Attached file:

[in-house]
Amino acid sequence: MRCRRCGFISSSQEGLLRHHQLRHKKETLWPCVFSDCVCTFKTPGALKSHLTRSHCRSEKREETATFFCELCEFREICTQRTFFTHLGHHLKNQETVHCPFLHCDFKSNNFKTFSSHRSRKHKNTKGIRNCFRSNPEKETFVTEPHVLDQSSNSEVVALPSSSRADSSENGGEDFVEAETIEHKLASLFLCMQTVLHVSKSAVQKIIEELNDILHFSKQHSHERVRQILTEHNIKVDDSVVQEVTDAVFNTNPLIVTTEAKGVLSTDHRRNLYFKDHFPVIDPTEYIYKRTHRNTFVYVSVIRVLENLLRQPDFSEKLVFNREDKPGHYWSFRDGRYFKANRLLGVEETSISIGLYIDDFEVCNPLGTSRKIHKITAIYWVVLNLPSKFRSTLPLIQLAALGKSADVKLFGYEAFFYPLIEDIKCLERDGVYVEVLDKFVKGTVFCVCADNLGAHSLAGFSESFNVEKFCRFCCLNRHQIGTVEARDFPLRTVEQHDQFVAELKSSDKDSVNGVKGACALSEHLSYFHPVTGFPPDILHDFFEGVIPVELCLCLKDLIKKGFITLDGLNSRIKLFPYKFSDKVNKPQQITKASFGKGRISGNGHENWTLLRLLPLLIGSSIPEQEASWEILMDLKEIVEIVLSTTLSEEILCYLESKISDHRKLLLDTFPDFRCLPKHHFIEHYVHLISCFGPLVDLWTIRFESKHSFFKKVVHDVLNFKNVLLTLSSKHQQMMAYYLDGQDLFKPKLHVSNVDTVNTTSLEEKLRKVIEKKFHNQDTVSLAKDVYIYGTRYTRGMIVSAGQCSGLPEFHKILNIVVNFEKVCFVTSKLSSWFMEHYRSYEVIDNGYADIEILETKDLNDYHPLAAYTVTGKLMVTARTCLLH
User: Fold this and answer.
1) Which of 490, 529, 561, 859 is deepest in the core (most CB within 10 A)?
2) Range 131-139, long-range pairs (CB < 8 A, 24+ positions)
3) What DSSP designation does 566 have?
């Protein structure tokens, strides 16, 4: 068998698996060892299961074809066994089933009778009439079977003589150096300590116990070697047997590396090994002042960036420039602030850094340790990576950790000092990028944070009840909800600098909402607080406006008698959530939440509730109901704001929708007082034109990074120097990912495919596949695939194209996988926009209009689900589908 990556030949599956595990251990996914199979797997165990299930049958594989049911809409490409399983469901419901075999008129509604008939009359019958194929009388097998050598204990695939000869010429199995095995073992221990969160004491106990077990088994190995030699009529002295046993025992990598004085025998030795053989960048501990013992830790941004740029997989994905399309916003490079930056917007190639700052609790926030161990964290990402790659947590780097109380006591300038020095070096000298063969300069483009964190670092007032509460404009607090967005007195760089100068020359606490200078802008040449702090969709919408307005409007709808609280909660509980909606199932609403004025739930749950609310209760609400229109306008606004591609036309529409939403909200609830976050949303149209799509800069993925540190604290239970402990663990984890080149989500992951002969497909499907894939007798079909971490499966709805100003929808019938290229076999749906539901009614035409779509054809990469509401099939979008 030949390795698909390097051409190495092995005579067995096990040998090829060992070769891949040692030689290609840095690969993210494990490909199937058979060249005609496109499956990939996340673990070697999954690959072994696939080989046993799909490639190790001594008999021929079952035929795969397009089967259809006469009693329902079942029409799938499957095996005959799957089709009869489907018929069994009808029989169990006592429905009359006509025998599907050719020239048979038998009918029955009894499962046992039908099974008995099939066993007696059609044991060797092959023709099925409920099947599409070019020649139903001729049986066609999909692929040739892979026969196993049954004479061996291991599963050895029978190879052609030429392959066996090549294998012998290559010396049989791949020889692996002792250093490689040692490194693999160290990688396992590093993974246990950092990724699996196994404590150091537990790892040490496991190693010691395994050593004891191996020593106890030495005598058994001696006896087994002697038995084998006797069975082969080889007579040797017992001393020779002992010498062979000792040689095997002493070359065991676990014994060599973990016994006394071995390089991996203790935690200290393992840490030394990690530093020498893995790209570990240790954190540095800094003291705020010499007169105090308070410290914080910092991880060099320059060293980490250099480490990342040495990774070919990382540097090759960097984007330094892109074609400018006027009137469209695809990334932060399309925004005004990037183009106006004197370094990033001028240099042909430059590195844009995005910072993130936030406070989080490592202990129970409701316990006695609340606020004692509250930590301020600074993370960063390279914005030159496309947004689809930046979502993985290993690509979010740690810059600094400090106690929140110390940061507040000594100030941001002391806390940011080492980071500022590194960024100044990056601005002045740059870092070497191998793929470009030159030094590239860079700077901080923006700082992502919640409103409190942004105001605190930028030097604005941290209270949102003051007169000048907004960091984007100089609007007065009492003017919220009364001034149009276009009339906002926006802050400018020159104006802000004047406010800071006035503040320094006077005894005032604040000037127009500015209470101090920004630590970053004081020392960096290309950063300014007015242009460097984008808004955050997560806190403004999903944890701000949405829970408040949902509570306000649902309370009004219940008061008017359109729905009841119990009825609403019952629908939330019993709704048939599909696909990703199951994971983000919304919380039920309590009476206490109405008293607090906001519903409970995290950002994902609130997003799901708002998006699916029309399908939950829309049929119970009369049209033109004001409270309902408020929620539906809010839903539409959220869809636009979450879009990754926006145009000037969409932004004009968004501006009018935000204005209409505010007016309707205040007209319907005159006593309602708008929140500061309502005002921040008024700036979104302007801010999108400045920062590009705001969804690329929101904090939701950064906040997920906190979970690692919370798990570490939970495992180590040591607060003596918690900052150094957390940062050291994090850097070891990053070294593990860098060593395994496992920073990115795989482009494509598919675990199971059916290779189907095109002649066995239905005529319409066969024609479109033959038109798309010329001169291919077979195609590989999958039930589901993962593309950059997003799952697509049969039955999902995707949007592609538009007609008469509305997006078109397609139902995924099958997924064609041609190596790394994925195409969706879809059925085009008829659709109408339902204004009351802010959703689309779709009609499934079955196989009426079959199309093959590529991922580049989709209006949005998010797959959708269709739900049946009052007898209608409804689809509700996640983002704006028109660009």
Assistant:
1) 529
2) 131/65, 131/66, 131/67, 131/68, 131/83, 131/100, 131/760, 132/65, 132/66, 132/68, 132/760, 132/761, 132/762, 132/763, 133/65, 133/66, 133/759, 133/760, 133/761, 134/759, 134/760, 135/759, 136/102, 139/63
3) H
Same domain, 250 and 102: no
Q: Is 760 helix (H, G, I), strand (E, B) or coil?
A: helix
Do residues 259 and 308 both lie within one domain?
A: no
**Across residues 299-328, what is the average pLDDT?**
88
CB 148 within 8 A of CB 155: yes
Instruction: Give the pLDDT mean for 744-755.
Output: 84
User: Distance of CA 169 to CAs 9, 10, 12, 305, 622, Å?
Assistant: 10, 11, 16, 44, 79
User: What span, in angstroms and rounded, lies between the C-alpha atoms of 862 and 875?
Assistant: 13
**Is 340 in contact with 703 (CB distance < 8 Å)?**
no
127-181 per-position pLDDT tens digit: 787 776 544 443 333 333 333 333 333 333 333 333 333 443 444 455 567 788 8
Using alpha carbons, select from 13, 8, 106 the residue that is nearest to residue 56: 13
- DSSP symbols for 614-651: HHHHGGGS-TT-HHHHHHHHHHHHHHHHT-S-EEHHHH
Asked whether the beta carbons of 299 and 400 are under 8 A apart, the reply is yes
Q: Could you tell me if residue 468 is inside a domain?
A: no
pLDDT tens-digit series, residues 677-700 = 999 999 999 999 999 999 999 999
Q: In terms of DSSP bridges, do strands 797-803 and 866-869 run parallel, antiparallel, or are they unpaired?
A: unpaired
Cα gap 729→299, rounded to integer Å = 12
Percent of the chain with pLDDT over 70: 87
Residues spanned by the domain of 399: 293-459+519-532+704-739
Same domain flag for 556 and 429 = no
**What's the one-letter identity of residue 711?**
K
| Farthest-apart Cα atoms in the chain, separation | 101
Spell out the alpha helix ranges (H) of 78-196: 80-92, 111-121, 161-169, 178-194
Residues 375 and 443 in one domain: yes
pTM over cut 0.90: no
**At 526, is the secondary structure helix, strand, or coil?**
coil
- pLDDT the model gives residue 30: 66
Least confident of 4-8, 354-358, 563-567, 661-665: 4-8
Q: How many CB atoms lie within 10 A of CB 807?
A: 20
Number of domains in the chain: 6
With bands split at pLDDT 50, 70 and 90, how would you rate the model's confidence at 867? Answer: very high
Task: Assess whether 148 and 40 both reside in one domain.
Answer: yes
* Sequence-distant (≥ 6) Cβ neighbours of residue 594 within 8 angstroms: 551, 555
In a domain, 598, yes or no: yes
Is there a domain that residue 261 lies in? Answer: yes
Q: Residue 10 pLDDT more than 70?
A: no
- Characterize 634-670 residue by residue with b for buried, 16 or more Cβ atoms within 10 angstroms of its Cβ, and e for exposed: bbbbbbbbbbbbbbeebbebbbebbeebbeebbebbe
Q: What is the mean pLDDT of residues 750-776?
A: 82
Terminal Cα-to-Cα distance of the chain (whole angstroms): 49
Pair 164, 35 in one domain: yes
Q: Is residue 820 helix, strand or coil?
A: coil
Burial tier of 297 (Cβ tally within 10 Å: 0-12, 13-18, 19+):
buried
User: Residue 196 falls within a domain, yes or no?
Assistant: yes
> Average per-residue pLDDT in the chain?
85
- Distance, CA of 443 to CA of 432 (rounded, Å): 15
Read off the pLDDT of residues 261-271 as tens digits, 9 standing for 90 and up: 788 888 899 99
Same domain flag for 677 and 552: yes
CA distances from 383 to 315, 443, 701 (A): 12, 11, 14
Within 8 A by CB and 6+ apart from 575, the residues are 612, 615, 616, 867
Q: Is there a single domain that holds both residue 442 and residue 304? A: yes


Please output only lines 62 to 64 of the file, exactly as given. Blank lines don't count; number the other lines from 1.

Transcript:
- Characterize 634-670 residue by residue with b for buried, 16 or more Cβ atoms within 10 angstroms of its Cβ, and e for exposed: bbbbbbbbbbbbbbeebbebbbebbeebbeebbebbe
Q: What is the mean pLDDT of residues 750-776?
A: 82